Condensing several hundred pages of a novel into a short query or synopsis is tough. Editor and author Rob Hart will show you how to summarize your work with attention-grabbing brevity.
Your Instructor: Rob Hart, author of NEW YORKED, publisher at MysteriousPress.com
Where: Online — Available everywhere!
When: This class is not currently enrolling. To be notified when it is offered again, Click Here
Enrollment: 25 students
You're done with your novel. You're searching for an agent or a publisher. Everyone wants a query letter and a synopsis, and you're faced with the prospect of condensing that big, sprawling novel into the space of a page.
Or maybe you're talking to an editor and they want a pitch—and you've got to give them a synopsis and a chapter outline that will make them sit up and pay attention.
What do you do?
Besides complain on social media. That seems to be everyone's first step.
Here's the thing: Queries and synopses and log lines are a necessary reality of the industry. You're going to have to do them. So you may as well put in the time and energy to get good at them. Because it doesn't matter how good your novel is—if you can't sum it up, you can't sell it.
Rob Hart doesn't see queries and synopses as a chore—he sees them as a challenge. And he has experience with them on both sides of the publishing process. Rob is the publisher of MysteriousPress.com, and he's an author, with three novels out and one on the way. He also wrote a BookShots novella with James Patterson (the audition process for which involved a synopsis and chapter outline).
The class will focus on three aspects: The query (two to three paragraphs), the synopsis (one page), and the logline (one sentence).
And in two short weeks, he'll show you how to summarize your work so that it carries the most impact possible.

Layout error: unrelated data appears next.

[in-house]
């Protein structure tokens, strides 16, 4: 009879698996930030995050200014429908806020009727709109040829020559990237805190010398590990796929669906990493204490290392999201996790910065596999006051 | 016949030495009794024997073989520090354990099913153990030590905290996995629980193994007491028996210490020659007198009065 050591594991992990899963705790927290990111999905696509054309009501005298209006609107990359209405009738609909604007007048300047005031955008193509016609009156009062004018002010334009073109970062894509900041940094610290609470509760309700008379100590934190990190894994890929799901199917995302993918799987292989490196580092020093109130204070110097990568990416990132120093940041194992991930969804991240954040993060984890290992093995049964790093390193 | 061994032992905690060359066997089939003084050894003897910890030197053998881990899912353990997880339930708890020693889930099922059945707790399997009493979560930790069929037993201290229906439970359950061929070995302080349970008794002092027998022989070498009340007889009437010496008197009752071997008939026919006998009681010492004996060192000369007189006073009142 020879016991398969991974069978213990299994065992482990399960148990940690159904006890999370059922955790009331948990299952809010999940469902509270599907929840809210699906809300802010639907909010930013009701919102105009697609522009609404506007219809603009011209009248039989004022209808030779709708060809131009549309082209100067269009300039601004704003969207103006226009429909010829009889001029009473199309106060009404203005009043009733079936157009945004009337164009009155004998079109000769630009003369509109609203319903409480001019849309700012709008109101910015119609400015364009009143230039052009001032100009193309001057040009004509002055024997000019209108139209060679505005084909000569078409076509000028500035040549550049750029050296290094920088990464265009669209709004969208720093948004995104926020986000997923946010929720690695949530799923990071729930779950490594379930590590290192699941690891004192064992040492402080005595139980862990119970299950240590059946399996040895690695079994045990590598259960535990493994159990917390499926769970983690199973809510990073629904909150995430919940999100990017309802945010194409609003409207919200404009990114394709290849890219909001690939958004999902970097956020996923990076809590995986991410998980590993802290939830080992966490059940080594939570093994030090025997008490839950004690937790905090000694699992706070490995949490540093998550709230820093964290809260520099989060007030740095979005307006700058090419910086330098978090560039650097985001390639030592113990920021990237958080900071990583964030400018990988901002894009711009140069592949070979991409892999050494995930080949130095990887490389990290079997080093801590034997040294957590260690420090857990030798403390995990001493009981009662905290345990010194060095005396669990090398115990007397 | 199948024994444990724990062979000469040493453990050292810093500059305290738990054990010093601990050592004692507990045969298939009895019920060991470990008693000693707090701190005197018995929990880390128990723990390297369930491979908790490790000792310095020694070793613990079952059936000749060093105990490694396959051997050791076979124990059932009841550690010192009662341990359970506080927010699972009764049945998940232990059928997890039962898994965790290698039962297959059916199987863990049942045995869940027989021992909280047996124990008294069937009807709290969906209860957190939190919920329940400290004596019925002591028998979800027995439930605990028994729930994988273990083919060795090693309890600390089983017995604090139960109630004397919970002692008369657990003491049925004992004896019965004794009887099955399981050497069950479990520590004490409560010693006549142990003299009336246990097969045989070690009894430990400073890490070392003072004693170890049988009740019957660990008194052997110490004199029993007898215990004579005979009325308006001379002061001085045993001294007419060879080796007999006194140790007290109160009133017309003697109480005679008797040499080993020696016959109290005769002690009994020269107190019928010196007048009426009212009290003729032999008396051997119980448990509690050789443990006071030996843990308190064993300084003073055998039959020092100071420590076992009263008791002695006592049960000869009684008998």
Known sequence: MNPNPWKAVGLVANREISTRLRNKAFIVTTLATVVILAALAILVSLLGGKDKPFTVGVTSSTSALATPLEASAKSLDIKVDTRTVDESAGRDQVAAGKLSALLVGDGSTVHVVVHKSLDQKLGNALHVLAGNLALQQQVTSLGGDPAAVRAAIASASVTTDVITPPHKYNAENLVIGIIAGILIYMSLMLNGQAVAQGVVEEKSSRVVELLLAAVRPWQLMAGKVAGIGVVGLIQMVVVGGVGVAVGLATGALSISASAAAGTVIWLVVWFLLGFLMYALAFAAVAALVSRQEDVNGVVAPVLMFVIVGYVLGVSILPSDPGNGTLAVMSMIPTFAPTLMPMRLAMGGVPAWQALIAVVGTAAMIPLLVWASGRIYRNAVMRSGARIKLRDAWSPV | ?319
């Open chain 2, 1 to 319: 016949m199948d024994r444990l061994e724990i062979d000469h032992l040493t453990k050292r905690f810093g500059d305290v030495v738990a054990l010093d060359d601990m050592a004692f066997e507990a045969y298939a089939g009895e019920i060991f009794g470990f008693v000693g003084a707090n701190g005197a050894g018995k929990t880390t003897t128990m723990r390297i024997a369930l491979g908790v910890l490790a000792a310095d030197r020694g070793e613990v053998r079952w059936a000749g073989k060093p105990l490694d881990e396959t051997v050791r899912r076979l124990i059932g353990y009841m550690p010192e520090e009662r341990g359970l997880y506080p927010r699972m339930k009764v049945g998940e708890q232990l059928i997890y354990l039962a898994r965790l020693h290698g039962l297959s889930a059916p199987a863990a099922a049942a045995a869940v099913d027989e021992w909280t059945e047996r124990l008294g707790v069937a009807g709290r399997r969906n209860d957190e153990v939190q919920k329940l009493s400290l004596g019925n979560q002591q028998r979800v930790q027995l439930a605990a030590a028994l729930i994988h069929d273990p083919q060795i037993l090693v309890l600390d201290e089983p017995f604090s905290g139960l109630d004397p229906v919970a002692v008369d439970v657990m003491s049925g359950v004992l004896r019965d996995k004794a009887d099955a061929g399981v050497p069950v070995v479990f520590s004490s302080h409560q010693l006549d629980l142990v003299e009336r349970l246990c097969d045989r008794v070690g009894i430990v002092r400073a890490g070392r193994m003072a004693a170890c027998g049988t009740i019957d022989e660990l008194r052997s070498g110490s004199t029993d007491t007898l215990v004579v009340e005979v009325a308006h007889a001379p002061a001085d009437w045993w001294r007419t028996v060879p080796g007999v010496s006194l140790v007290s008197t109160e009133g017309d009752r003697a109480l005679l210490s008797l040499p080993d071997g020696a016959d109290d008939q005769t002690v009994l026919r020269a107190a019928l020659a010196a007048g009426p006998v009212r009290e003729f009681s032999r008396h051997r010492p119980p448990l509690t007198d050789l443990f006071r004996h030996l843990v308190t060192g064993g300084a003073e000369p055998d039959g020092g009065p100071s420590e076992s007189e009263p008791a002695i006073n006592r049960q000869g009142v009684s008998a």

What This Class Covers
In this week, Rob will share tips and tricks and examples of effectively summarized work. Using those, you'll be asked to deliver a synopsis, a query, and a logline for the book you're currently working on (it doesn't even need to be done).
Rob will return your assignments and students will work together to see what was effective and what wasn't. Rob will also share some more tricks and tips and insider knowledge on the publishing process—including how to craft an effective pitch.
Goals Of This Class
- Learn how to effectively summarize your work
- Approach queries and synopses like a challenge, not a chore
- Get insider knowledge on the publishing industry
- Complete a logline, query, and synopsis for the book you're working on
- Learn how to craft and effective pitch
LitReactor offers a unique approach to a writing education: You study what you want, when you want, at your own pace. We bring in veteran authors and industry professionals to host classes covering a wide range of topics in an online environment that’s interactive and flexible. You get detailed feedback on your work and take part in discussions in a judgement-free zone. It doesn’t matter if you’re a beginner or an experienced writer, our workshops are about working together to achieve your writing goals.
Where do classes take place?
Entirely online. So, anywhere you have Internet access.
Are there certain times when the whole class needs to "meet" online?
Nope. Our students come from all over the globe. Everything is posted online and accessible 24/7. (We do occasionally schedule phone chats, but try to reach a consensus on timing.)
What does a typical class consist of?
It varies, but nearly all our classes include weekly lectures, homework assignments, peer reviews, critiques from instructors, and discussion forums.
How much experience do you need to take a class?
Beginner or pro, everyone is welcome. We encourage all skill levels.
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